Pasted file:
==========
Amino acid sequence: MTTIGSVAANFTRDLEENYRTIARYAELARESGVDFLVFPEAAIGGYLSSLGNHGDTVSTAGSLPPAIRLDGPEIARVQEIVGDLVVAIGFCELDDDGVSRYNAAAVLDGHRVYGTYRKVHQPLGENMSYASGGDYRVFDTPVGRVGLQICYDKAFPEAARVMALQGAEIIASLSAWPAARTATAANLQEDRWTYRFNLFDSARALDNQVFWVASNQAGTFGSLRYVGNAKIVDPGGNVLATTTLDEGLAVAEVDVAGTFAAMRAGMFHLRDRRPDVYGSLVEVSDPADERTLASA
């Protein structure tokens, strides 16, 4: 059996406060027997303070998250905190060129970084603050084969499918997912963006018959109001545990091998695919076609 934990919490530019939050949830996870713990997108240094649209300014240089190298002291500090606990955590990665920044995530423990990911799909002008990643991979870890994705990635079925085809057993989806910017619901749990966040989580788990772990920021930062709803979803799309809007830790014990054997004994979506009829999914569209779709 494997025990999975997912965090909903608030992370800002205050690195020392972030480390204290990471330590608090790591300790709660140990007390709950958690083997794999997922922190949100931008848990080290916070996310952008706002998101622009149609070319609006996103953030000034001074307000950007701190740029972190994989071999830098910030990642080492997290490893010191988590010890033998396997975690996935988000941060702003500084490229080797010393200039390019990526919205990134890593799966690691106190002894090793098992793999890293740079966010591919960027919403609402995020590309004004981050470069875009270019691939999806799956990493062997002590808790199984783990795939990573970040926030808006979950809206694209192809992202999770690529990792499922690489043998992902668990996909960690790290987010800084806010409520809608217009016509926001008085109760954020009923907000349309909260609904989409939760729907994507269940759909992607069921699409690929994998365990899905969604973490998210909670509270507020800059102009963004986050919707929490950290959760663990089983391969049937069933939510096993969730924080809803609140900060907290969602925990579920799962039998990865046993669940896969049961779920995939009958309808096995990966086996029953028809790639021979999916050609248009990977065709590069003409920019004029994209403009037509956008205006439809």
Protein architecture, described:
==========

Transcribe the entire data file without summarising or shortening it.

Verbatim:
Amino acid sequence: MTTIGSVAANFTRDLEENYRTIARYAELARESGVDFLVFPEAAIGGYLSSLGNHGDTVSTAGSLPPAIRLDGPEIARVQEIVGDLVVAIGFCELDDDGVSRYNAAAVLDGHRVYGTYRKVHQPLGENMSYASGGDYRVFDTPVGRVGLQICYDKAFPEAARVMALQGAEIIASLSAWPAARTATAANLQEDRWTYRFNLFDSARALDNQVFWVASNQAGTFGSLRYVGNAKIVDPGGNVLATTTLDEGLAVAEVDVAGTFAAMRAGMFHLRDRRPDVYGSLVEVSDPADERTLASA
């Protein structure tokens, strides 16, 4: 059996406060027997303070998250905190060129970084603050084969499918997912963006018959109001545990091998695919076609 934990919490530019939050949830996870713990997108240094649209300014240089190298002291500090606990955590990665920044995530423990990911799909002008990643991979870890994705990635079925085809057993989806910017619901749990966040989580788990772990920021930062709803979803799309809007830790014990054997004994979506009829999914569209779709 494997025990999975997912965090909903608030992370800002205050690195020392972030480390204290990471330590608090790591300790709660140990007390709950958690083997794999997922922190949100931008848990080290916070996310952008706002998101622009149609070319609006996103953030000034001074307000950007701190740029972190994989071999830098910030990642080492997290490893010191988590010890033998396997975690996935988000941060702003500084490229080797010393200039390019990526919205990134890593799966690691106190002894090793098992793999890293740079966010591919960027919403609402995020590309004004981050470069875009270019691939999806799956990493062997002590808790199984783990795939990573970040926030808006979950809206694209192809992202999770690529990792499922690489043998992902668990996909960690790290987010800084806010409520809608217009016509926001008085109760954020009923907000349309909260609904989409939760729907994507269940759909992607069921699409690929994998365990899905969604973490998210909670509270507020800059102009963004986050919707929490950290959760663990089983391969049937069933939510096993969730924080809803609140900060907290969602925990579920799962039998990865046993669940896969049961779920995939009958309808096995990966086996029953028809790639021979999916050609248009990977065709590069003409920019004029994209403009037509956008205006439809």
Protein architecture, described: